Baby's Breath Plant Care

Learn more about this popular floral arrangement filler including how to grow it in your garden and how to use it in a variety of ways.

February 19, 2019
Festival Star Baby’s Breath (Gypsophila paniculata ‘Danfestar’)

Festival Star Baby’s Breath (Gypsophila paniculata ‘Danfestar’)

Prized in floral arrangements, baby’s breath forms a flowery cloud in the garden. This perennial produces a long taproot, which makes division very difficult, if not impossible. Trim plants back in spring before new growth starts. Count on baby’s breath as a filler in perennial gardens. This variety is shorter, topping out at 12 to 18 inches. It’s a perfect choice for growing near the front of a flower border. Baby’s breath is hardy in Zones 3 to 9.

Photo by: PerennialResource.com

PerennialResource.com

Related To:

What Is Baby's Breath?

Floral Filler

Floral Filler

Put the floral filler from your grocery store bouquet to good use by editing it out and creating your own baby’s breath arrangement. Once the baby’s breath is removed from the flowers, cut it to size and shape it into a ball inside of a vessel.

Perhaps best known as a filler plant for its delicate, cloud-like blooms over bluish-green foliage, baby's breath makes a great addition to floral arrangements, baby's breath is a herbaceous perennial that is also known as gypsophila. Baby's breath is in the carnation family and does best in USDA Zones 3 to 9. The plants are native to Europe, Asia, Africa, Australia and the Pacific Islands.

Bloom colors range from white to pink. Baby's breath blooms from spring through summer (April to August). Plant size ranges from 18 to 36 inches tall and as wide.

How to Use Baby's Breath in Crafts and Decorating

Use baby's breath in masses and in hanging baskets or containers. Use in a mixed perennial border, cutting garden, rock garden or xeriscape. Use this pretty plant as a fresh or everlasting cutflower.

Baby's Breath

Baby's Breath

Baby’s breath and other filler species are often removed from grocery store bunches to upgrade them to something more refined. When used solo, though, baby’s breath can make for a farmhouse-chic floral centerpiece. Remove the baby’s breath from the bunch, then cut it to size with floral shears. To create a ball effect, place each stem into the vessel with smaller stems around the edges and longer edges in the middle.

Baby's breath is also a craft-lover's and baker's delight. It makes a lovely hair ornament when tucked into a barrette. You can use baby's breath as a pretty cake topper and for a variety of craft projects, tucked into wreaths or dried-flower arrangements.

How to Dry Flowers

Throw a Paris-Inspired Baby Shower

Throw a Paris-Inspired Baby Shower

Add a “found at a French marketplace” vibe with a vintage birdcage filled with baby’s breath and a pair of antique babydoll shoes.

Photo by: Kendall Peters

Kendall Peters

Add a “found at a French marketplace” vibe with a vintage birdcage filled with baby’s breath and a pair of antique babydoll shoes.

How to Grow

Baby's breath prefers well-drained soil and tolerates a dry site. Plant in full sun to partial shade.

Baby's breath tends to prefer alkaline soil with a soil pH of 7.0 to 7.5. If needed, do a soil test and apply lime according to soil test recommendations. This plant does not perform well (or may not come back) if planted in a wet soil over winter. Cut back in spring, not fall. Also cut back after flowering to encourage reblooming. Plant in spring, and it may take a couple of growing seasons to become established.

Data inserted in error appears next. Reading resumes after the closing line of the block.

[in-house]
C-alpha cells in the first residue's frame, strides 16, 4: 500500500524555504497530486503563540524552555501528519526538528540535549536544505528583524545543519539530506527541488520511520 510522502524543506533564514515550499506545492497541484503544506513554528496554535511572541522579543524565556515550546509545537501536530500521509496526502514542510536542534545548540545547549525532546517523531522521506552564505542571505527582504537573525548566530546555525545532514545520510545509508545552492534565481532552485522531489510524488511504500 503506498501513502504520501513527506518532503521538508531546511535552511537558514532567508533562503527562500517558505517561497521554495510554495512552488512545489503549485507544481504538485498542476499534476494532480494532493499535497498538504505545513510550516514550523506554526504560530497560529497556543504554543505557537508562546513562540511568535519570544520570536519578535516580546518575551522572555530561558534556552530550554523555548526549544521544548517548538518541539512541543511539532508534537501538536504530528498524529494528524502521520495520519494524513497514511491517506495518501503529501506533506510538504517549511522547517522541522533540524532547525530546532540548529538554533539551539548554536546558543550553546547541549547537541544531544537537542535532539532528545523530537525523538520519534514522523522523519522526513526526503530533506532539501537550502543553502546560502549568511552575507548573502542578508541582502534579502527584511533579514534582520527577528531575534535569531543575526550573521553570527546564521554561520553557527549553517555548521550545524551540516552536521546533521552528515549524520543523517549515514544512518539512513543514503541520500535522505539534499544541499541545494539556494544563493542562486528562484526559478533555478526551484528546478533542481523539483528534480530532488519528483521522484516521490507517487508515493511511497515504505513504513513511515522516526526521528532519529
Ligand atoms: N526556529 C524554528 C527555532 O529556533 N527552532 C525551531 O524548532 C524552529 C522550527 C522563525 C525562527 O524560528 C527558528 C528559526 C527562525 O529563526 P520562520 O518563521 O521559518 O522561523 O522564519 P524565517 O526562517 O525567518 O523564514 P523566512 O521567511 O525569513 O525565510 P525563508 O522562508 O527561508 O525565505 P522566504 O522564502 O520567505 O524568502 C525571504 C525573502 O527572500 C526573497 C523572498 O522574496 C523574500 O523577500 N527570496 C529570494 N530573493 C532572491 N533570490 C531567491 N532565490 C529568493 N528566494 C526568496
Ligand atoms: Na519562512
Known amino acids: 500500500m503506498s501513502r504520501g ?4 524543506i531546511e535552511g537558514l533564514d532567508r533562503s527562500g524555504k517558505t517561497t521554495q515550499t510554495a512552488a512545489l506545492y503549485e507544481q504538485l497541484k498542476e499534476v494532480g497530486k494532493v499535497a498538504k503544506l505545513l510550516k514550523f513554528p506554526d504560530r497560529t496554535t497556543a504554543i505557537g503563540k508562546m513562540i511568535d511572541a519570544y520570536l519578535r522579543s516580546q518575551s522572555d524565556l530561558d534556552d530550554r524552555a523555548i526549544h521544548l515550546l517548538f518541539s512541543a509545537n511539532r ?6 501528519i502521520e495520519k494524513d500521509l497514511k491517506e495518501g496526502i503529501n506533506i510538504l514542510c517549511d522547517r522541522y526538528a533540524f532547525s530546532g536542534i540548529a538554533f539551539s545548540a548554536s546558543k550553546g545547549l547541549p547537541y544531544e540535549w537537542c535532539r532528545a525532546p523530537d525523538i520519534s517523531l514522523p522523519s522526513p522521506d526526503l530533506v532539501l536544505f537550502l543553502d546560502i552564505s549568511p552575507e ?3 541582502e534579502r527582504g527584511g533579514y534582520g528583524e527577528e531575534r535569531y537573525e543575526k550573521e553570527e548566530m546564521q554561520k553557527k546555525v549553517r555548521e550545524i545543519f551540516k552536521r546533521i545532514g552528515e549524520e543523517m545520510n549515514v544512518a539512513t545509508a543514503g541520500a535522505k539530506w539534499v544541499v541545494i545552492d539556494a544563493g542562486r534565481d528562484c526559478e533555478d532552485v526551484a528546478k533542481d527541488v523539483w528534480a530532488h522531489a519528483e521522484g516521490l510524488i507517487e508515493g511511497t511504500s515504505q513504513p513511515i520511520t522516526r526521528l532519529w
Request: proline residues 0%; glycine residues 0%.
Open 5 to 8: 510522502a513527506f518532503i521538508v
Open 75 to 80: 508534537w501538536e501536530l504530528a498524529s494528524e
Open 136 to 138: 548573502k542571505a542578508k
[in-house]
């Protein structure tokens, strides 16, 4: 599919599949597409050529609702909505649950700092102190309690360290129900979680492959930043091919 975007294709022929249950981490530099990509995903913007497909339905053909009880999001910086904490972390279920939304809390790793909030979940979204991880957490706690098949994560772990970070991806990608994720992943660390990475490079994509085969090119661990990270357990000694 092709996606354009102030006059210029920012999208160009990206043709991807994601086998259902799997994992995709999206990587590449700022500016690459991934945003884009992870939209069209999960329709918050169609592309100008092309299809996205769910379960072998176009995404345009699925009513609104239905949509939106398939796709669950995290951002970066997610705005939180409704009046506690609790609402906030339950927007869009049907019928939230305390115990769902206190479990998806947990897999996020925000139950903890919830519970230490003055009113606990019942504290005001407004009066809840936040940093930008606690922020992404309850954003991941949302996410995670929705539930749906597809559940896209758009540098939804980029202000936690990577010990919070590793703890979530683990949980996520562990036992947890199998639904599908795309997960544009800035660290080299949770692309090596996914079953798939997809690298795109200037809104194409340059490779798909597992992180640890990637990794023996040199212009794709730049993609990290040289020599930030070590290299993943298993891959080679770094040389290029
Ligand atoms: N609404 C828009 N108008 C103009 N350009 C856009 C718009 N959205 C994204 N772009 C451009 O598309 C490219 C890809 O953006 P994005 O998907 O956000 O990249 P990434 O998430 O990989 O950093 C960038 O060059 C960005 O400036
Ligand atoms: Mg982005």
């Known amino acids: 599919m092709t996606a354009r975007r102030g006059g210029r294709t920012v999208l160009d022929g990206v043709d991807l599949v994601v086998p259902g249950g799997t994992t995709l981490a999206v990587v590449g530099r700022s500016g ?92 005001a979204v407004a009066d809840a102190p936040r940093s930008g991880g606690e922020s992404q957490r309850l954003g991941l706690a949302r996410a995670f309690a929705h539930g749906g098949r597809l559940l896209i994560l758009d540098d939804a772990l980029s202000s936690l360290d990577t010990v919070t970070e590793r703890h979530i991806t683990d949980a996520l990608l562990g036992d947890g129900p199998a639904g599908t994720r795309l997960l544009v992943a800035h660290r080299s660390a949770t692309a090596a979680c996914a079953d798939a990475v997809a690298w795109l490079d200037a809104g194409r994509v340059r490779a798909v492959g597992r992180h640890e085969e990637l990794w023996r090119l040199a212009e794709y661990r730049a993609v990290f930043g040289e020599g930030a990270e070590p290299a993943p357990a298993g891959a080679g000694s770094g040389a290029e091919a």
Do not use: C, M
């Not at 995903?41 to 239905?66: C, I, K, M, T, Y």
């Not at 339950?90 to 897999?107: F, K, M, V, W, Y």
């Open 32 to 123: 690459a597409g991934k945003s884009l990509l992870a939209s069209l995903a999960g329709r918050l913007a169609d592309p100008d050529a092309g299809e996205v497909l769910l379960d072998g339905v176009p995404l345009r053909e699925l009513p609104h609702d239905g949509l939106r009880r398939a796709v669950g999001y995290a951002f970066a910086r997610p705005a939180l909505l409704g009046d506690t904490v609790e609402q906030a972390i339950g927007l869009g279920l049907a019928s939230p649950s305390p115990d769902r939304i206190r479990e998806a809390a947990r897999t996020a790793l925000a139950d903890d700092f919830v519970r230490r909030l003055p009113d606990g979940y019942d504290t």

Baby's Breath Facts

  • Baby's breath has a taproot, and once established, does not like to be moved.
  • The plant has moderate salt tolerance.
  • Baby's breath is prone to rabbit damage.
  • Tall flowers may need to be staked to help support the plant. Stake baby's breath before the summer blooms appear to avoid damaging the plant.
  • Mulch your perennial baby's breath in the fall to help protect the plant during the winter.
  • Baby's breath is primarily propagated through seed or cuttings.
  • Baby's breath has no serious pest or disease problems; but it may have nematode and fungal problems, like root rot.

Special Notes

The term gypsophila translates to "lime-loving," and thus this plant prefers an alkaline soil. Good for mountainous regions in elevations of 8,000 to 10,000 feet. Tolerates poor soils. Good for rock gardens. Deer resistant. Drought tolerant. Great cutflower.

Warning

This plant can be a noxious weed in some areas, including California, spreading its seed in a tumbleweed fashion.

Selected Cultivars and Species

Creeping Baby's Breath

Creeping Baby's Breath

Creeping Baby's Breath

Creeping Baby's Breath

  • 'Bristol Fairy'. Produces large clouds of white double flowers that repeatedly bloom throughout July and August. Reaches 24 to 36 inches and as wide. May need to be staked. Propagated by tissue culture.
  • 'Pink Fairy'. Produces large clouds of double pink blooms which last to frost. Reaches 18 inches tall and as wide.
  • Creeping baby's breath (G. repens). Alpine. Has delicate white to pink flowers that bloom in early spring. Great for rock gardens.
  • Annual baby's breath (G. elegans or G. muralis). Annual used as a cutflower. Flowers grow in delicate clouds over the foliage. G. elegans has white to rosy pink blooms and reaches a height of 18 to 30 inches. G. muralis has pink blooms and reaches a height of six to 12 inches. Plant in full sun to partial shade. Both melt in high heat and humidity, so they don't do very well in the South. Primarily propagated by seed. Drought tolerant.

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